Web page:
Additive manufacturing processes are booming, as evidenced by the rapid growth of the formnext trade fair (Frankfurt, Germany). At formnext 2018, in cooperation with the Chair for Technology of Optical Systems (TOS) at RWTH Aachen University (Aachen, Germany), the Fraunhofer Institute for Laser Technology (Fraunhofer ILT; also in Aachen) will be showing a new process in which the component in the powder bed is heated with laser diodes. The method results in reduced distortion, generates taller parts, and enables use of new materials.
At formnext 2018, a team from Fraunhofer ILT and their colleagues from RWTH TOS will be presenting a new process. This process—laser powder-bed fusion (LPBF), also known as laser beam melting—can build parts with less thermally induced stress and less distortion than conventional process technology.
The internal stresses are caused by temperature gradients in the generated component. In the laser spot, temperatures above the melting point prevail, while the rest of the component cools rapidly. Depending on the geometry and material, this temperature gradient can even lead to cracks in the material. To avoid this, the component is usually heated from below via the substrate plate. However, that isn't enough, especially with taller structures.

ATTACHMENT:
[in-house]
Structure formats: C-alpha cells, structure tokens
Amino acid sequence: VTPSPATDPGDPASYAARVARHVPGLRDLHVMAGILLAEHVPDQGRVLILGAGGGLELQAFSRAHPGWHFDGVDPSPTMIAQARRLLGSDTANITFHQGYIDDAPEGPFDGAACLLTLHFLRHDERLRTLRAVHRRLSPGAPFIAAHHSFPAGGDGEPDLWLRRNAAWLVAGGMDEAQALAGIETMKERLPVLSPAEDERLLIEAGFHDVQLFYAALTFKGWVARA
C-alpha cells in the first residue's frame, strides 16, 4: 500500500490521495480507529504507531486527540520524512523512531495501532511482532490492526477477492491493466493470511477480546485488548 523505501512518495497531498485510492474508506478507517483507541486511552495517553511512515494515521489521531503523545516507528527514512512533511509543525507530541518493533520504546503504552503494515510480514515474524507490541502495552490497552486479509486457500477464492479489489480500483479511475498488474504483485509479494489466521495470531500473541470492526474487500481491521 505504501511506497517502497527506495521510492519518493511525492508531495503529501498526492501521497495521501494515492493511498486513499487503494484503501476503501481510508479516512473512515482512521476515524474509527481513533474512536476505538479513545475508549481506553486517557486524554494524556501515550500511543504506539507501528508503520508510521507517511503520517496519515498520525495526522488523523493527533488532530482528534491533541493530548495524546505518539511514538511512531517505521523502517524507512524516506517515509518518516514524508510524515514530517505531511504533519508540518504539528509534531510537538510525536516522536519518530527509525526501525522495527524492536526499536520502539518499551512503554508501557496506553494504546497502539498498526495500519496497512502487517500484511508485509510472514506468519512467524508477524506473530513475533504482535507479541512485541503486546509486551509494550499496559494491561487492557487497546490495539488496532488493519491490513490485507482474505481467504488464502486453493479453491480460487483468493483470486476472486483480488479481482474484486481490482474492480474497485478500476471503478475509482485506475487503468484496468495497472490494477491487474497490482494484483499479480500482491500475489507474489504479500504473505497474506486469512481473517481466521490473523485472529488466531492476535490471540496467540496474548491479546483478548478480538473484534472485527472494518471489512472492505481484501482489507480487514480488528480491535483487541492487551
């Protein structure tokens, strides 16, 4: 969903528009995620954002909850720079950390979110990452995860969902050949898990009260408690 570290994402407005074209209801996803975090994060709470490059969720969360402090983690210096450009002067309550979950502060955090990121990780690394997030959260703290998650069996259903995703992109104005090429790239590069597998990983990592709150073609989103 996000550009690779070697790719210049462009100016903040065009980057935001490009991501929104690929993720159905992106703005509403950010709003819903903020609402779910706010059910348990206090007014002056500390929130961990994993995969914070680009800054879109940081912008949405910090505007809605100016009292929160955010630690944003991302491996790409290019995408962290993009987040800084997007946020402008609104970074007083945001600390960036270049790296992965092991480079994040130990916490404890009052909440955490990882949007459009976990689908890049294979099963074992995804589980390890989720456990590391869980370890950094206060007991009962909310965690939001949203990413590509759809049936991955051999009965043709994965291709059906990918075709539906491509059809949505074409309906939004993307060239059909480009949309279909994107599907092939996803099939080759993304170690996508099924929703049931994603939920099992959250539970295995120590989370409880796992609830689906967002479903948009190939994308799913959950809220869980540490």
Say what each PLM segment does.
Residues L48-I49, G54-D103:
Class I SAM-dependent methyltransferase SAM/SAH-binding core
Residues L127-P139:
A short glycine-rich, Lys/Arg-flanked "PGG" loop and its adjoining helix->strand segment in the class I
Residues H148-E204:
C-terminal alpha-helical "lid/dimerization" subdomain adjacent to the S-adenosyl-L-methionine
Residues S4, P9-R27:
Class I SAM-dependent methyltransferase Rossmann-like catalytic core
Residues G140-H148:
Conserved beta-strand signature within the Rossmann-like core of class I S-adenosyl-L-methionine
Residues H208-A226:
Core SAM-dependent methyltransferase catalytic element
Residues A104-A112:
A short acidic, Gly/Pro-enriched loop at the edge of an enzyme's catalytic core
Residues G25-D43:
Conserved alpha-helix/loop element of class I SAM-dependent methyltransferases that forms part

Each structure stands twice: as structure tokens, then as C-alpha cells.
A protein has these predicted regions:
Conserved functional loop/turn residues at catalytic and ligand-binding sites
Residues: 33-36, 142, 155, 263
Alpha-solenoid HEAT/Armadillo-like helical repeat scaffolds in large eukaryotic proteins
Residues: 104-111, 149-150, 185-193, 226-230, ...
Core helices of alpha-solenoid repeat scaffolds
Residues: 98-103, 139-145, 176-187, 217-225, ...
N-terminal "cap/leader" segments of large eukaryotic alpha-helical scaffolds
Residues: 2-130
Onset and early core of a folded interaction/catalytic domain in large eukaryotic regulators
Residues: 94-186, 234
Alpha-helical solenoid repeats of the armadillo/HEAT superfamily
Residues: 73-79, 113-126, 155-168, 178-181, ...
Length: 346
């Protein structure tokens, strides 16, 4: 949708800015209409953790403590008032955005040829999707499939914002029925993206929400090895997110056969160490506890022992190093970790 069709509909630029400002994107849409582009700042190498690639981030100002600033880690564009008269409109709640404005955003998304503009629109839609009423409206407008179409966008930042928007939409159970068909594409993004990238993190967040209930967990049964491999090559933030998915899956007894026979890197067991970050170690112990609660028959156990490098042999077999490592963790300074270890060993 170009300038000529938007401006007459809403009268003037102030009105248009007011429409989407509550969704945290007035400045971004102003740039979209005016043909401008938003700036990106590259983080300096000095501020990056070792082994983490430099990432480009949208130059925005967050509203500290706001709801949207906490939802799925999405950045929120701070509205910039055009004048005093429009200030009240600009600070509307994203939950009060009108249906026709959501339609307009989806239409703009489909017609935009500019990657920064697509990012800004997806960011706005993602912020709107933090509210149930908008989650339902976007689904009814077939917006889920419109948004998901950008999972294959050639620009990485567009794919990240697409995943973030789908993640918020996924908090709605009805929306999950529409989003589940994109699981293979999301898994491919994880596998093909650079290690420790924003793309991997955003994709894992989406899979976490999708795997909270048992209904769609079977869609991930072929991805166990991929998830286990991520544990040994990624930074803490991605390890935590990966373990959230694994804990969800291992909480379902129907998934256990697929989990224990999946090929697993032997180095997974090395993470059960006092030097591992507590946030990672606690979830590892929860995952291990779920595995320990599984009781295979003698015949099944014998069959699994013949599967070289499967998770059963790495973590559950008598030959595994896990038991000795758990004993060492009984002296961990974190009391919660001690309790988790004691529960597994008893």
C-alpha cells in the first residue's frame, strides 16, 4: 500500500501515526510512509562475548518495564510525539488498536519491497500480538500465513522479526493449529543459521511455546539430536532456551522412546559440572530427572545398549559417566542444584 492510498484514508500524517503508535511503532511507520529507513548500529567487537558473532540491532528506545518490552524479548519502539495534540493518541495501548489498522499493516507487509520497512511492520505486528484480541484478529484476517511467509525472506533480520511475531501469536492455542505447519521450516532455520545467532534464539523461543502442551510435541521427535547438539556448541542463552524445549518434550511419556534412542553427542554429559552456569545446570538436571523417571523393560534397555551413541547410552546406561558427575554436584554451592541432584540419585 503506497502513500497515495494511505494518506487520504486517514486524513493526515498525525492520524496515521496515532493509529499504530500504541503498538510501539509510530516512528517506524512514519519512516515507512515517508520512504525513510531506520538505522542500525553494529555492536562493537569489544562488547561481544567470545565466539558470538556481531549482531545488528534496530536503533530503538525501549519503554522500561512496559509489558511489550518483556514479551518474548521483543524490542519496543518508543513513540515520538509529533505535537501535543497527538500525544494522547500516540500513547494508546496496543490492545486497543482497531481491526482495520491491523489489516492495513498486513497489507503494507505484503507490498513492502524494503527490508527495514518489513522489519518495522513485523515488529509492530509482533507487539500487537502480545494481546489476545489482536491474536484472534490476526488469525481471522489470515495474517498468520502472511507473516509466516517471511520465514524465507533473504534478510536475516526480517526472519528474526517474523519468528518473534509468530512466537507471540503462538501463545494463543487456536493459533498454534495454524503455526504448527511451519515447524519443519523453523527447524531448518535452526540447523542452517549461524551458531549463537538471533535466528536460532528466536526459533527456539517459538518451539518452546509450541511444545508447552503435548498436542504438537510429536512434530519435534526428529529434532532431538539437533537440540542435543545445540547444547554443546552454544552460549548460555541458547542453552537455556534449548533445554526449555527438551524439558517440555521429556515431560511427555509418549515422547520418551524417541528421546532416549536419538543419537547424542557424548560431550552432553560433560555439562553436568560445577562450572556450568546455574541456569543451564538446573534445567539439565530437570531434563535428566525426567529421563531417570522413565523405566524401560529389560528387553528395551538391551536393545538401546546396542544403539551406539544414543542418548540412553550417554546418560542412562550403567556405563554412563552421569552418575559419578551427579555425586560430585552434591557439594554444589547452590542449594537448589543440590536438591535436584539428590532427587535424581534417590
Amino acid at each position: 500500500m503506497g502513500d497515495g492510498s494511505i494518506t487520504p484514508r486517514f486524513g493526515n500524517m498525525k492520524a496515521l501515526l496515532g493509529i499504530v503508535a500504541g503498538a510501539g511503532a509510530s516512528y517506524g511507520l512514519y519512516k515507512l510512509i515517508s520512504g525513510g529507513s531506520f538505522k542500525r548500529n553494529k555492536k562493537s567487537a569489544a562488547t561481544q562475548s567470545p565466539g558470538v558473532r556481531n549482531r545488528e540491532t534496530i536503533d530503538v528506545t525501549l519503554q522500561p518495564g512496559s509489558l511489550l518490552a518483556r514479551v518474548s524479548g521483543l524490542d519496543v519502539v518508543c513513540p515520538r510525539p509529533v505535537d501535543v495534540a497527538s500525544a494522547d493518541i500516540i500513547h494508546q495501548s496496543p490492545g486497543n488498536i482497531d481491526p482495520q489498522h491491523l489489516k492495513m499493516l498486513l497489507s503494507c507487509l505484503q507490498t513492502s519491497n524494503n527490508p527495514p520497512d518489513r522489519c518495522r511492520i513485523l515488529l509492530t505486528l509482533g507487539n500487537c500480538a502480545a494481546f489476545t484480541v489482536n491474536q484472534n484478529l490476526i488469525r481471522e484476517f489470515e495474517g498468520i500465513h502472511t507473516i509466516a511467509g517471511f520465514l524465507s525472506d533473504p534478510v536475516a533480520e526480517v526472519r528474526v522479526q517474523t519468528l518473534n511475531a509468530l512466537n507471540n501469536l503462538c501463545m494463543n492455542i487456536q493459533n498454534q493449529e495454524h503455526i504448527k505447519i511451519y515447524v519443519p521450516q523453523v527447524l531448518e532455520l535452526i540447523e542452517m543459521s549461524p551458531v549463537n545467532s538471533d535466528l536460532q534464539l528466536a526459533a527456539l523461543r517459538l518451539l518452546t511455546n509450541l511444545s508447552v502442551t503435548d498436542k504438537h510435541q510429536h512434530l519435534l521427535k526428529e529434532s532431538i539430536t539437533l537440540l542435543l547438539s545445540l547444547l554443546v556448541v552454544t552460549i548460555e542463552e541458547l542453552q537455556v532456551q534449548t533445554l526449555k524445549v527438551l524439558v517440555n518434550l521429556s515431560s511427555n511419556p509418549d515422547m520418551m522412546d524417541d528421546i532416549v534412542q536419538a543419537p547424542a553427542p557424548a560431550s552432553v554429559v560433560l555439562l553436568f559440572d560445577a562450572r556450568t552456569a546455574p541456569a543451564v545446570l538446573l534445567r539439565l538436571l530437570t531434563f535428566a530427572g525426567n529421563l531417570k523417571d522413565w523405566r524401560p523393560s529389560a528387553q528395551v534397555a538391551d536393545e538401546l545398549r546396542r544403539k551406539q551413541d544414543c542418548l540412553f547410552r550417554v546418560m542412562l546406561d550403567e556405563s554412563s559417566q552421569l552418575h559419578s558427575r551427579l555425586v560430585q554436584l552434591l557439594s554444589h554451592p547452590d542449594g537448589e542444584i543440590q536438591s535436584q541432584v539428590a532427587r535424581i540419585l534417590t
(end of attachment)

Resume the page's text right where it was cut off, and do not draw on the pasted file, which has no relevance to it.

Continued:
As part of the Digital Photonic Production (DPP) research campus, a funding initiative of the German Federal Ministry of Education and Research (BMBF), the experts from Fraunhofer ILT and the RWTH TOS Chair are working together with their partner Philips Photonics (Ulm, Germany) to develop solutions for this task. In the joint project DPP Nano, they have developed a setup in which the component is heated from above.
For this purpose, an array of six vertical-cavity surface-emitting laser (VCSEL) bars with 400 W each is installed in the process chamber. With infrared (IR) radiation at 808 nm, this array can heat the device from the top to several hundred degrees Celsius during the building process. The bars can be controlled individually so that sequences of different patterns are possible. The process is monitored with an IR camera.
With up to 2.5 kW, the working plane is preheated independently of the overall height. (Copyright: Fraunhofer ILT, Aachen, Germany/Volker Lannert)
In another experiment, the engineers have constructed parts in Inconel 718 and demonstrated significantly reduced distortion. The component was heated up to 500°C.
The VCSEL heating reduces the thermal gradient, thus also the stresses, making it possible to produce taller parts. But even more interesting are the possibilities that arise for particularly difficult materials—soon, components made of titanium aluminides are to be produced. For this, the component will be heated to approximately 900°C.
Such parts are commonly used, for example, in the hot gas section of turbochargers. In addition to turbomachinery, the process also opens up new prospects for other industrial sectors where thermally induced stresses in additive manufacturing processes have to be reduced.
For more information, please visit www.ilt.fraunfofer.de.